Assuming you’ve already tried to use the built-in focus knob to fix the image, and you’ve checked the projector lens for dust, fingerprints, etc., it’s now time to start considering the projector placement.
The focus knob is designed to fix issues in which the projector image is just a few inches out of sync with the distance to the screen, but if the projector is off much more than that on placement, then it’s time to consider moving it.
I’ll assume that you have the correct position from left to right for your projector--there is only 1 center-line from the screen to mount along, so it’s hard to get that wrong--but the distance from the screen is another story. That said, if you haven't installed the projector yet, here are some reasons it's important to find that centerline.
Your projector will have a requirement for the distance from the screen. Or rather, the range of distances it’s designed to project at. If you can’t fix blurriness or fuzziness in the image by the methods above, then it’s time to physically move the projector back and forth until you find the right distance from the screen. To help out here, we have a calculator you can use for that.
After getting the image focused via any of the methods above, there’s another category of changes you might need to make to improve the projector’s image quality: changes to the image-processing side of the light being projected.
The most common of these is the keystone correction, which is a feature all projectors have to fix problems of the projector’s height or center-line mounting not matching with the screen.
The two flavors of keystone correction are vertical and horizontal. So start by determining which one you most likely need to play with. As discussed above, it’s hard to mess up mounting the projector on a center-line with the screen, but maybe you have a smoke detector or some other ceiling feature blocking the right center-line spot.
If the projector is mounted off-center from the screen, the image will be skewed such that one half is bigger than the other. Horizontal keystone correction fixes this by manipulating the image before it's projected.
Vertical keystone correction does the same thing, but to address problems caused by the projector’s height. Whether the projector is mounted above or below the screen, vertical keystone correction can be used to adjust the image to fit the screen even though the projector is projected from an unexpected angle.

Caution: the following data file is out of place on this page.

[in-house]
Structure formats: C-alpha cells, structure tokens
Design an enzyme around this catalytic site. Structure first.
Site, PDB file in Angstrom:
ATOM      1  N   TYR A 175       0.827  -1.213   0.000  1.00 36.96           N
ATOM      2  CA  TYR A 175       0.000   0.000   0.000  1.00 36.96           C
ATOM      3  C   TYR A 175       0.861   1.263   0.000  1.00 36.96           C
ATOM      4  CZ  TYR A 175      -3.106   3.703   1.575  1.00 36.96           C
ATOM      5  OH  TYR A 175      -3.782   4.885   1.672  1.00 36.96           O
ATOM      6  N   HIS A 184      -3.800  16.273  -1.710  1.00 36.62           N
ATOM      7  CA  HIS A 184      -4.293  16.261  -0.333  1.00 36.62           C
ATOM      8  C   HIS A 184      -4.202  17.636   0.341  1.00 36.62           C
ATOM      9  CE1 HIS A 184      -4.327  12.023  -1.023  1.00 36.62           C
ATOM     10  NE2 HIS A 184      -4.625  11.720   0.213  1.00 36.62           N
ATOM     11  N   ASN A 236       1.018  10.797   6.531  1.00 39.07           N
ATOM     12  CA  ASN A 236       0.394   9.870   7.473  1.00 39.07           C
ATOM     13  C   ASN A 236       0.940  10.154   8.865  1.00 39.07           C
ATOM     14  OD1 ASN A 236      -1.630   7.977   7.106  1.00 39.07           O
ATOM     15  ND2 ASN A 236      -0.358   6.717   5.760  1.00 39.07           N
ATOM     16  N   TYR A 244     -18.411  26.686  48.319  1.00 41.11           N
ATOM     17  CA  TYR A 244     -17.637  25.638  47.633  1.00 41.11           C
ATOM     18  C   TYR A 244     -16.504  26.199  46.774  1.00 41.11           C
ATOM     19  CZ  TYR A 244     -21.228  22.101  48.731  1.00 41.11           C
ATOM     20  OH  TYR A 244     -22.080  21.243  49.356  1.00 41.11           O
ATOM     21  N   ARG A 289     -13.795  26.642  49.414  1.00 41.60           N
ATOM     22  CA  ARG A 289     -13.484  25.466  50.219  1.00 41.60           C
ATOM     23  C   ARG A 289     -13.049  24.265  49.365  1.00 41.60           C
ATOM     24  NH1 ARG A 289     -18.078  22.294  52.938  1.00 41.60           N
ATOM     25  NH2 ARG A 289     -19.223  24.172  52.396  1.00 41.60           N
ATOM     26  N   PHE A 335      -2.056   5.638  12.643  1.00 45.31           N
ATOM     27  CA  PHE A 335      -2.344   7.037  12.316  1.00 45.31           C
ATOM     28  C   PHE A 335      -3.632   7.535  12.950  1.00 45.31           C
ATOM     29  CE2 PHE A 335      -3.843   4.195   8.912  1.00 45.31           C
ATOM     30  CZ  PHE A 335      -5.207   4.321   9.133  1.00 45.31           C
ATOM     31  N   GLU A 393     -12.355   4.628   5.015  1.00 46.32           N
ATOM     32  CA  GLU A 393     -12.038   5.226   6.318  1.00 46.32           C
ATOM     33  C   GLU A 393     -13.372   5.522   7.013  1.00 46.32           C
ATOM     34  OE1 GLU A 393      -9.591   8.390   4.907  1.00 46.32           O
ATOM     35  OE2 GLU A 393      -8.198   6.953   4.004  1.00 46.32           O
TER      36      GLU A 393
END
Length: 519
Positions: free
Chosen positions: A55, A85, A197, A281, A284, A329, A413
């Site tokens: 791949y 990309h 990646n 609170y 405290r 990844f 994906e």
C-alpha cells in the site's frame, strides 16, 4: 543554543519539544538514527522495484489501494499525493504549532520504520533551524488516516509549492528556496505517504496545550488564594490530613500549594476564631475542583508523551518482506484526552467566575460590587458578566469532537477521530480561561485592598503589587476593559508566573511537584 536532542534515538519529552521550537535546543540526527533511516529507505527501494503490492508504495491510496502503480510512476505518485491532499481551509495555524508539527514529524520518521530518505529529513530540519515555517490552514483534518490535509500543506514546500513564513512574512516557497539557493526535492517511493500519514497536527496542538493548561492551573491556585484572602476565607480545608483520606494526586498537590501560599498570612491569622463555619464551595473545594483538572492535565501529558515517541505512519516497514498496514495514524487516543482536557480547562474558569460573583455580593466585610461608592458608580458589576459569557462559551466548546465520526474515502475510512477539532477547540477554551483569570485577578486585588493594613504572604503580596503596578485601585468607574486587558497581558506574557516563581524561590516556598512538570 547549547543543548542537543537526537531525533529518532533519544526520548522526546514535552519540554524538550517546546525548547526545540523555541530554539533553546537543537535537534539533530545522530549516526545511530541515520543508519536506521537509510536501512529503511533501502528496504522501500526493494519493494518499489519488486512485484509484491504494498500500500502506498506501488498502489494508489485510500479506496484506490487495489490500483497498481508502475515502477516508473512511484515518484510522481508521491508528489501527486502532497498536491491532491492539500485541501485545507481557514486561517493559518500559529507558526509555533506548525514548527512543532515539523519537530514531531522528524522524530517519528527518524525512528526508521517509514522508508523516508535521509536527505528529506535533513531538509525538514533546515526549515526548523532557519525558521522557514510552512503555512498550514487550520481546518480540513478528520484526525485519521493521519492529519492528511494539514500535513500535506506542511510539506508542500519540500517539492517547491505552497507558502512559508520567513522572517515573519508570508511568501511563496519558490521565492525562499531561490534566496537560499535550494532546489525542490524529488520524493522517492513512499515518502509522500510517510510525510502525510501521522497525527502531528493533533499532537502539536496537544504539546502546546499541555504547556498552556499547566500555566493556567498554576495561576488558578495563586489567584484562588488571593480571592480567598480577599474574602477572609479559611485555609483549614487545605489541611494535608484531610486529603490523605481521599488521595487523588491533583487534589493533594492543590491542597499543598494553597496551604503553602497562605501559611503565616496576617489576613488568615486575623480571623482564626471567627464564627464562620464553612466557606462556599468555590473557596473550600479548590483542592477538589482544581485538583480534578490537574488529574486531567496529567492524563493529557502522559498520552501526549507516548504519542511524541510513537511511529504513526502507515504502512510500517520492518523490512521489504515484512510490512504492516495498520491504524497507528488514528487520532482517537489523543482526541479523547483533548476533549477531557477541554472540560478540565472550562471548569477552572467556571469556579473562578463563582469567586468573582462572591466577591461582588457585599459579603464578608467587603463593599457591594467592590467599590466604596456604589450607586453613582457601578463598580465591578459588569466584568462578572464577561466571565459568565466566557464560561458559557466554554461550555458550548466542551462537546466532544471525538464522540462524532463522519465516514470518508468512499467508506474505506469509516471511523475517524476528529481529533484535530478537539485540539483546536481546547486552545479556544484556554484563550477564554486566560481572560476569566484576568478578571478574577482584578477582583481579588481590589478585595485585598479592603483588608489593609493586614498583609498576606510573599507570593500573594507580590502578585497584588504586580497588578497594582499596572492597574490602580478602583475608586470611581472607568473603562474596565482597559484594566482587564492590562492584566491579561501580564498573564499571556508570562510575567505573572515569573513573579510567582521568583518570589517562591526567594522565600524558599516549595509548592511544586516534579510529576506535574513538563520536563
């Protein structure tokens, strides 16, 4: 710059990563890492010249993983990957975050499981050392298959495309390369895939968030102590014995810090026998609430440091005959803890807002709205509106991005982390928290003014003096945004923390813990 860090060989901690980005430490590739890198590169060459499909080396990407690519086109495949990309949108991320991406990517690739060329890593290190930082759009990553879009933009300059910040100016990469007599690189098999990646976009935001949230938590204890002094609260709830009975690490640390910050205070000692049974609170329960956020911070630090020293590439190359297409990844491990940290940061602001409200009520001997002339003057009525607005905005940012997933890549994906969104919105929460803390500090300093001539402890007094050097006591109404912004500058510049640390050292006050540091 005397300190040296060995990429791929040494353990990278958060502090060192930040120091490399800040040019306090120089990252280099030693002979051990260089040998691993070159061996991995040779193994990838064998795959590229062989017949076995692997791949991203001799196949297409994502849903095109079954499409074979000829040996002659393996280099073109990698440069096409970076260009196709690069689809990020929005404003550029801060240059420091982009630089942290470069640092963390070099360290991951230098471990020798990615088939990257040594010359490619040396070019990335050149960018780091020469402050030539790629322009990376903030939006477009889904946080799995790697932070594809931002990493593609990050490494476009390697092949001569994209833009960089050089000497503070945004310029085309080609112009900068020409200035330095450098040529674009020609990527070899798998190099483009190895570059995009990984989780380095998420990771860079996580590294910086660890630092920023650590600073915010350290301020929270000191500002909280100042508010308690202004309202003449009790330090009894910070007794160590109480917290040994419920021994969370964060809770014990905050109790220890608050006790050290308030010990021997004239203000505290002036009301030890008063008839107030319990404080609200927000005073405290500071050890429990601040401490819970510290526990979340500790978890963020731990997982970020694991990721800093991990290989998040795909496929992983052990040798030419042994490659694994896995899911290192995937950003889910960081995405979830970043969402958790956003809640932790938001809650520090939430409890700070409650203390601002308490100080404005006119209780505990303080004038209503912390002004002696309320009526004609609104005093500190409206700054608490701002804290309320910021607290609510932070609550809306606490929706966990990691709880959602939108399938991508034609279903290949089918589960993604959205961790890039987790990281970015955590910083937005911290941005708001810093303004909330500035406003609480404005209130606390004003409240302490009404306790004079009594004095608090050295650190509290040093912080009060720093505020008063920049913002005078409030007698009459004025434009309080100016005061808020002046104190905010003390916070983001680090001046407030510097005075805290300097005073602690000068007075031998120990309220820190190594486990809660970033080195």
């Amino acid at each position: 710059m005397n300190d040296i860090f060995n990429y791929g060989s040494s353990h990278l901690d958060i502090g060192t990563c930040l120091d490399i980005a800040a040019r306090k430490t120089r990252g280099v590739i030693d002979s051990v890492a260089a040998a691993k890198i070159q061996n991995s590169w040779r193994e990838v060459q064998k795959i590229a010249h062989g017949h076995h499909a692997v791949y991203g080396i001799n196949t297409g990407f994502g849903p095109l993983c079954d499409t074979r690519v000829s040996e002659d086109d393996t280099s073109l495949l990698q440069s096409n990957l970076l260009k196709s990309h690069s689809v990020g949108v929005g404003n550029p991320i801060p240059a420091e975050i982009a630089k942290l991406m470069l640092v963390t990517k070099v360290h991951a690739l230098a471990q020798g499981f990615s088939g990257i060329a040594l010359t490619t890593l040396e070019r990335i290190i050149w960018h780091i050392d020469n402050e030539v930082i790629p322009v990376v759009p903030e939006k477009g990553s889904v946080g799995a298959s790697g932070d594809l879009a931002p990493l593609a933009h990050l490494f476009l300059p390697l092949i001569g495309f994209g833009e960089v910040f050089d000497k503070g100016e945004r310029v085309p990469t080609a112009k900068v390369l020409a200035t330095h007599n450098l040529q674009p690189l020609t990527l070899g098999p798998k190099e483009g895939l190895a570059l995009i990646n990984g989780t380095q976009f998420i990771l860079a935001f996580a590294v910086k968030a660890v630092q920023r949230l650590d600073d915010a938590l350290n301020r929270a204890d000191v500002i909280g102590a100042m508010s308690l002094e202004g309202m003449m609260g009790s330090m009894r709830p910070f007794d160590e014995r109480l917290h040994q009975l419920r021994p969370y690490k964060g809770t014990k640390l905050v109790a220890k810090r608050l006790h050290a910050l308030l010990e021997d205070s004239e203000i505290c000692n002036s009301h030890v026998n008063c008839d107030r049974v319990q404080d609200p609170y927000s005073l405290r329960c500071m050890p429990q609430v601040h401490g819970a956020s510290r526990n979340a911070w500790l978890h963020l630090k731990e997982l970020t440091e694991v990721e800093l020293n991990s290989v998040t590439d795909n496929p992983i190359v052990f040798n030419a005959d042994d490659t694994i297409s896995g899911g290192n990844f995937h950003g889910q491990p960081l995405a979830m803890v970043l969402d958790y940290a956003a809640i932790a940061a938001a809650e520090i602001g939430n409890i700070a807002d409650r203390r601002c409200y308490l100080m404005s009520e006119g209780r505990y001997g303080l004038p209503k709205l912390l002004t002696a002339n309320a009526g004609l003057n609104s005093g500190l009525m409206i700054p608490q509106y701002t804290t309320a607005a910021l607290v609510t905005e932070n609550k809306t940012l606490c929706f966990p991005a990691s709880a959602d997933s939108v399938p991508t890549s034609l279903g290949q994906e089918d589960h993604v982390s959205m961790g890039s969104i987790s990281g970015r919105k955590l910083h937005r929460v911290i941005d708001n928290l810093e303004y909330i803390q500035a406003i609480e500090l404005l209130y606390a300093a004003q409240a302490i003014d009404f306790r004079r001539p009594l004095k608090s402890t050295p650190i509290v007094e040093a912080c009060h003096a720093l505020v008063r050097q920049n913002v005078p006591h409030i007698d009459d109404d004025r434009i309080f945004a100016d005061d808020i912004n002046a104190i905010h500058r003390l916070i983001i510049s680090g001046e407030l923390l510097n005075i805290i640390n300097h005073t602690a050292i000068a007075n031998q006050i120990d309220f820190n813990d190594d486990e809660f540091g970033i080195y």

You can set the keystone correction by finding the keystone or keystone correction setting in the projector’s menu, and then simply dialing it in by increasing and decreasing the correction factor until the image looks correct.
And if you haven't even purchased a projector yet, be sure to buy one like the Epson Home Cinema 3700 (on Amazon) or Optoma EH504WiFi Full HD Wireless DLP Projector (also on Amazon), which both have a lot of options for both horizontal and vertical keystone correction.
Lastly, there are a few more features you can play with to dial in the image when all of the above have already been checked or worked on.
Sharpness, which is a term describing the clarity and contrast of an image, is usually a setting you can adjust in the menus.
You can use it to try and address issues with the image looking too washed out, or too vibrant. If the colors of a scene look “off” to you, then adjusting the sharpness can also help get that under control.
Your projector will be designed to project at a certain resolution, but if you’re sending video through HDMI from a computer, you need to make sure the computer knows what size the image should be.
By going into your computer's display management settings, you can confirm that the computer understands what the target resolution is, and change it if the wrong value is there.
Most other devices will automatically output the highest resolution possible to the display device (in our case, a projector).
By now, you probably have some better ideas about how you can go about correcting your projector image. Stay at it, and remember there’s a lot of variables you might need to adjust, and then re-adjust later after you’ve changed other settings.
Through a little trial and error, though, you can dial your projector in and with any luck, you’ll never have to adjust it again.